Following the Denver Broncos stunning 24-10 upset win over the Carolina Panthers in Super Bowl 50, Peyton Manning was once again forced to answer questions about his NFL future at age 39 and with his skills noticeably declining. And once again, he skirted the issue after claiming the second Super Bowl title of his career.
“I’ll take some time to reflect,” Manning told CBS reporter Tracy Wolfson moments after the game. “I got a couple priorities first. I’m going to go kiss my wife and my kids. I’m going to drink a lot of Budweiser tonight.”
Manning’s answer simultaneously leaves both retirement and another season open. However, there are several reasons why the five-time All-Pro and two-time Super Bowl champion Manning should bow out now.
Manning became the oldest quarterback to start a Super Bowl and shortly thereafter he morphed into the oldest one to actually win, putting his critics and those constantly calling for his retirement in their place.
But forcing crow down the throats of naysayers doesn’t erase the fact that Manning is a shell of his former self, and coming back in 2016 wipes away the best opportunity to go out on top.
Manning can mosey towards the sunset just like his boss and Broncos president John Elway did in 1999, capping a Hall of Fame career with consecutive Super Bowl titles and the roar of a championship crowd behind him.
No one else did it before or since Elway, and Manning can do the same while avoiding a repeat of his statistically and physically marred 18th NFL season. Relying on the Broncos stacked, pass-rush heavy defense just like he did in the Super Bowl, Manning was second-worst in the NFL with 17 interceptions despite starting only nine games and appearing in 10.
Thus his interceptions rate (5.1 percent), completion percentage (59.8), touchdown pass rate (2.7), and quarterback rating (67.9) were all the lowest of Manning’s career his since rookie season in 1998.
And when he was a rookie, those numbers weren’t about a lack of physical ability, just a young man with sharp football mind who needed enough time under center for the game to slow down.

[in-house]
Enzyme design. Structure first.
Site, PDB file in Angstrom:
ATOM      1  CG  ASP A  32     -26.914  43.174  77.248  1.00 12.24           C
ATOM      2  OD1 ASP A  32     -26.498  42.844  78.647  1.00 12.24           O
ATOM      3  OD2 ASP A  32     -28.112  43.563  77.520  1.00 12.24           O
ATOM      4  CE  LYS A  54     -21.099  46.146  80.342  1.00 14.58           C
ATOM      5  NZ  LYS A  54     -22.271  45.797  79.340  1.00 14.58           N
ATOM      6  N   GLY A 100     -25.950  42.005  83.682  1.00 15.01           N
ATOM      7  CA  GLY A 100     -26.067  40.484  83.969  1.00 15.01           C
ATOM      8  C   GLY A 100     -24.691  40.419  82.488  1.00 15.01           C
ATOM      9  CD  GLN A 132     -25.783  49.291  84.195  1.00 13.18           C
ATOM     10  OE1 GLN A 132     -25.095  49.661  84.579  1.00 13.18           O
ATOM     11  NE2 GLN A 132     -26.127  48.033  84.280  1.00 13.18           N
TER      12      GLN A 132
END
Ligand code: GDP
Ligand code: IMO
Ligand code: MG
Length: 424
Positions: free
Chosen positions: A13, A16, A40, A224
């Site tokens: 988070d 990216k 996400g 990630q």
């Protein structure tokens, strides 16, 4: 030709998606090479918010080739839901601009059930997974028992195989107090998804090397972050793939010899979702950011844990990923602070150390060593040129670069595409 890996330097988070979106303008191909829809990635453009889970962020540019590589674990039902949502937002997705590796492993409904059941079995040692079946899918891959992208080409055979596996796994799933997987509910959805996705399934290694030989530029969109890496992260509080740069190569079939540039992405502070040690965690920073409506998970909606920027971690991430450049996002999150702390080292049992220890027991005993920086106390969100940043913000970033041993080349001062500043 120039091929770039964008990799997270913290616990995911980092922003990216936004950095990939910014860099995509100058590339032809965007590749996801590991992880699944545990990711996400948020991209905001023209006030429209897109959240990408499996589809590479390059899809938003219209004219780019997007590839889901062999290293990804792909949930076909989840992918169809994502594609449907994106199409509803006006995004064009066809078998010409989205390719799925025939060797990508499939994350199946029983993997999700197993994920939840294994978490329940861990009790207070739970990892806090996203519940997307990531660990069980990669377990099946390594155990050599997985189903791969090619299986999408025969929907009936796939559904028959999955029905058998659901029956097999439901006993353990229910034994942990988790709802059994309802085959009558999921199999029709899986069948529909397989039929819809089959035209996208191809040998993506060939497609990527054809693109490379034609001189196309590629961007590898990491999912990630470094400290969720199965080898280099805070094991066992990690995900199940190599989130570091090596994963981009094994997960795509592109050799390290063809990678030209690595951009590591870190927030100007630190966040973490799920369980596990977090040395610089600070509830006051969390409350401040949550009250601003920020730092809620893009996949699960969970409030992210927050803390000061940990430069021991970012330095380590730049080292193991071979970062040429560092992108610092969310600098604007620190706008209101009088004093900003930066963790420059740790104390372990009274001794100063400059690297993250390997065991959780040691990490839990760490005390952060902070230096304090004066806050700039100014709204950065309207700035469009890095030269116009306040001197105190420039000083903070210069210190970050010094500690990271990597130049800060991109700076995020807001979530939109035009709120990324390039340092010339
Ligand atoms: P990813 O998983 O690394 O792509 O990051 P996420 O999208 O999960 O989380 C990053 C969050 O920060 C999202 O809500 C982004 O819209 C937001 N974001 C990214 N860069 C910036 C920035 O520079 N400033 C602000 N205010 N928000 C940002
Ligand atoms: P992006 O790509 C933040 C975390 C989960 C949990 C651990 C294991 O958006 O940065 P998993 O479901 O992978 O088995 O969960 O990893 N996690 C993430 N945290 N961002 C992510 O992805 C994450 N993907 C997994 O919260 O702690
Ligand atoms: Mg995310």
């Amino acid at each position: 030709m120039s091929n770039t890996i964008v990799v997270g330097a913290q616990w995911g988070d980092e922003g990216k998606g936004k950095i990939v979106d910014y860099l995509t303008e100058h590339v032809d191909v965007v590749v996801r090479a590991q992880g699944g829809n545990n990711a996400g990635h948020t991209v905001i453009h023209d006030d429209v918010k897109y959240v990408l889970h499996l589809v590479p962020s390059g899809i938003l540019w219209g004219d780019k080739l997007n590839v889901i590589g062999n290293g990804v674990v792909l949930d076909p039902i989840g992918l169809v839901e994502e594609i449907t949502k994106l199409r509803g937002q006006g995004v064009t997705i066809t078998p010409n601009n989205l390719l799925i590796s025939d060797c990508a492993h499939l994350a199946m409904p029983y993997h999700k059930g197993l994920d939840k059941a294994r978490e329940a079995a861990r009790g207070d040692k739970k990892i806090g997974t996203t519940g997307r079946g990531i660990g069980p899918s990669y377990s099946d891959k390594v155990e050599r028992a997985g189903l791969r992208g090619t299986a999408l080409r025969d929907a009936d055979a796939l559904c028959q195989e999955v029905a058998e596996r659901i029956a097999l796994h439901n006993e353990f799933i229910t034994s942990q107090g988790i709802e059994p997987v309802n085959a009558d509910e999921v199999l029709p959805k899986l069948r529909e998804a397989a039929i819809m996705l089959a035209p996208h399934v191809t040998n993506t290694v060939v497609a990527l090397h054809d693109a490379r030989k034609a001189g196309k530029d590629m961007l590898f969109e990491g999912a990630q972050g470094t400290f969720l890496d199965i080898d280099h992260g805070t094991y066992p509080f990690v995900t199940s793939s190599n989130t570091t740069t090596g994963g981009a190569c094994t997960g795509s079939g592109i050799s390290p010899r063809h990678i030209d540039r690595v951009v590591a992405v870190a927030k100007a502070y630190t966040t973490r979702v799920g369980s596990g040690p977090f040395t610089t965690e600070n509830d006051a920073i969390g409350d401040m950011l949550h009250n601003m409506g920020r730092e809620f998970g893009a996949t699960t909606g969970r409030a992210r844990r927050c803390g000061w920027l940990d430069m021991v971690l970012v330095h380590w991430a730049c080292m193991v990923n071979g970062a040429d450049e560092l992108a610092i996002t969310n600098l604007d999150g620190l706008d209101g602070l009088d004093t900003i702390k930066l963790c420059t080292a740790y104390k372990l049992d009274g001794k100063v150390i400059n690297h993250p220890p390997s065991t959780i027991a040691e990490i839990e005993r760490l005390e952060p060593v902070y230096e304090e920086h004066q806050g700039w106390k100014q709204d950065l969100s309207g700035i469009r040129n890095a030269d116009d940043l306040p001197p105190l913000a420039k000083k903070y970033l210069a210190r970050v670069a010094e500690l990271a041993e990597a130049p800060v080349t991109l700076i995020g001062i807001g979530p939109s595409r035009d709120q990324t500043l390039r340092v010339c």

Now, at 39, the physical abilities are largely diminished and many other great quarterbacks have come and gone with all their mental faculties still intact but their bodies unable to take hits or make all the throws required of a field general.
Manning’s already given his biggest supporters a sight of what it’s like to see him on the decline, and he continues to run the risk of simply hanging around just a little too long like Hall of Famer and former 49ers Super Bowl champ Joe Montana.
Now 59 after retiring following the 1994 NFL season, Montana posted a 17-8 record over his final two seasons with the Kansas City Chiefs, but he told USA Today Sports what his body goes through 20 years later.
"The mental part was hard initially when I first retired. Because it's quick -- cold turkey, the game's gone," Montana said. "Then the physical stuff tries to catch up with you."
Montana then went on with what seemed like a bit of a cautionary tale.
"My whole family likes to live on the edge, so some of the things I regret that I can't do with them," Montana told USA Today Sports. "Like snowboarding. I fell like 50 times within 30 yards off the top of the ski lift. ... I love basketball. I can't play basketball. I can shoot, but that's about it. I can't run up and down the court. My knee just gives out.
"I tried a little bit of skiing, but unfortunately when you get weight on one ski under my left knee, it's just not very strong. After my first back surgery, what kind of compounds things, is my sciatic nerve has been damaged. So the muscles along my sciatic nerve into my left foot have been numb since '86."
Like Montana, Manning must consider if playing another year is worth re-injuring the neck that required four surgeries and cost him the entire 2011 season.
There’s also the question of where exactly Manning will play, and it seems unlikely to be Denver. The Broncos will enter the NFL’s free agency period with linebacker and Super Bowl MVP Von Miller requiring a new contract, as well as defensive end Malik Jackson, linebacker Danny Trevathan, and running back C.J. Anderson.
Manning has one year remaining on his contract with Denver at the salary cap hit of $21.5 million, cap room that could be lifted and applied to the much younger pending free agents. It seems unlikely that a contending team seeking a quarterback would take a risk on signing Manning, so the chances of winning a third title would be a big long shot.
Some might call Manning crazy for leaving that amount of money on the table, but calling it quits seems like a much better option than trying to latch on with a quarterback-desperate, non-contender at this stage of his career and life.